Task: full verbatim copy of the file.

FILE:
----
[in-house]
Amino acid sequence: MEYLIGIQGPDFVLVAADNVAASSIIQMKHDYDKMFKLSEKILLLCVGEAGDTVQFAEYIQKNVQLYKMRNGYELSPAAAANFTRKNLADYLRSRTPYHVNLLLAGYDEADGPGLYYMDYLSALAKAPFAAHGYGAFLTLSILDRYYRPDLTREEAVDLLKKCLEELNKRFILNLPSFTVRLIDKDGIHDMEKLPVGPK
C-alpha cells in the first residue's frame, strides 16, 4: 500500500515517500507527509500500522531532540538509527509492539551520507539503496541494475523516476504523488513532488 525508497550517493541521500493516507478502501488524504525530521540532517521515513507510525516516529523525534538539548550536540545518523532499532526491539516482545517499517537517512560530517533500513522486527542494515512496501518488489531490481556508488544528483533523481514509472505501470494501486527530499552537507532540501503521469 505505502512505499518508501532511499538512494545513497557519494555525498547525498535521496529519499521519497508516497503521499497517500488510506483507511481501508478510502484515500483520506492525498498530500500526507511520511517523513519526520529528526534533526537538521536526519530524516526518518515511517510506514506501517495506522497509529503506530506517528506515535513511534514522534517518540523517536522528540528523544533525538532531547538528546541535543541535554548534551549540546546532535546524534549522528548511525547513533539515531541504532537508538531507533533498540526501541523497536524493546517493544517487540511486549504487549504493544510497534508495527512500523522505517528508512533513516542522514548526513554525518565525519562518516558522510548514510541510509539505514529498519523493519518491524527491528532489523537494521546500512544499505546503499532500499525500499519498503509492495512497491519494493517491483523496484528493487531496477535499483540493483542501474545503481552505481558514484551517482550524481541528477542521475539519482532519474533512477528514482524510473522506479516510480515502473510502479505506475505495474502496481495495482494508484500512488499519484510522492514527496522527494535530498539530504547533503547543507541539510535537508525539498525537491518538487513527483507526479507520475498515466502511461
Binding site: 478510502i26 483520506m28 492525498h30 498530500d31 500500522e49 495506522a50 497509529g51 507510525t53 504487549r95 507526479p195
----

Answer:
[in-house]
Amino acid sequence: MEYLIGIQGPDFVLVAADNVAASSIIQMKHDYDKMFKLSEKILLLCVGEAGDTVQFAEYIQKNVQLYKMRNGYELSPAAAANFTRKNLADYLRSRTPYHVNLLLAGYDEADGPGLYYMDYLSALAKAPFAAHGYGAFLTLSILDRYYRPDLTREEAVDLLKKCLEELNKRFILNLPSFTVRLIDKDGIHDMEKLPVGPK
C-alpha cells in the first residue's frame, strides 16, 4: 500500500515517500507527509500500522531532540538509527509492539551520507539503496541494475523516476504523488513532488 525508497550517493541521500493516507478502501488524504525530521540532517521515513507510525516516529523525534538539548550536540545518523532499532526491539516482545517499517537517512560530517533500513522486527542494515512496501518488489531490481556508488544528483533523481514509472505501470494501486527530499552537507532540501503521469 505505502512505499518508501532511499538512494545513497557519494555525498547525498535521496529519499521519497508516497503521499497517500488510506483507511481501508478510502484515500483520506492525498498530500500526507511520511517523513519526520529528526534533526537538521536526519530524516526518518515511517510506514506501517495506522497509529503506530506517528506515535513511534514522534517518540523517536522528540528523544533525538532531547538528546541535543541535554548534551549540546546532535546524534549522528548511525547513533539515531541504532537508538531507533533498540526501541523497536524493546517493544517487540511486549504487549504493544510497534508495527512500523522505517528508512533513516542522514548526513554525518565525519562518516558522510548514510541510509539505514529498519523493519518491524527491528532489523537494521546500512544499505546503499532500499525500499519498503509492495512497491519494493517491483523496484528493487531496477535499483540493483542501474545503481552505481558514484551517482550524481541528477542521475539519482532519474533512477528514482524510473522506479516510480515502473510502479505506475505495474502496481495495482494508484500512488499519484510522492514527496522527494535530498539530504547533503547543507541539510535537508525539498525537491518538487513527483507526479507520475498515466502511461
Binding site: 478510502i26 483520506m28 492525498h30 498530500d31 500500522e49 495506522a50 497509529g51 507510525t53 504487549r95 507526479p195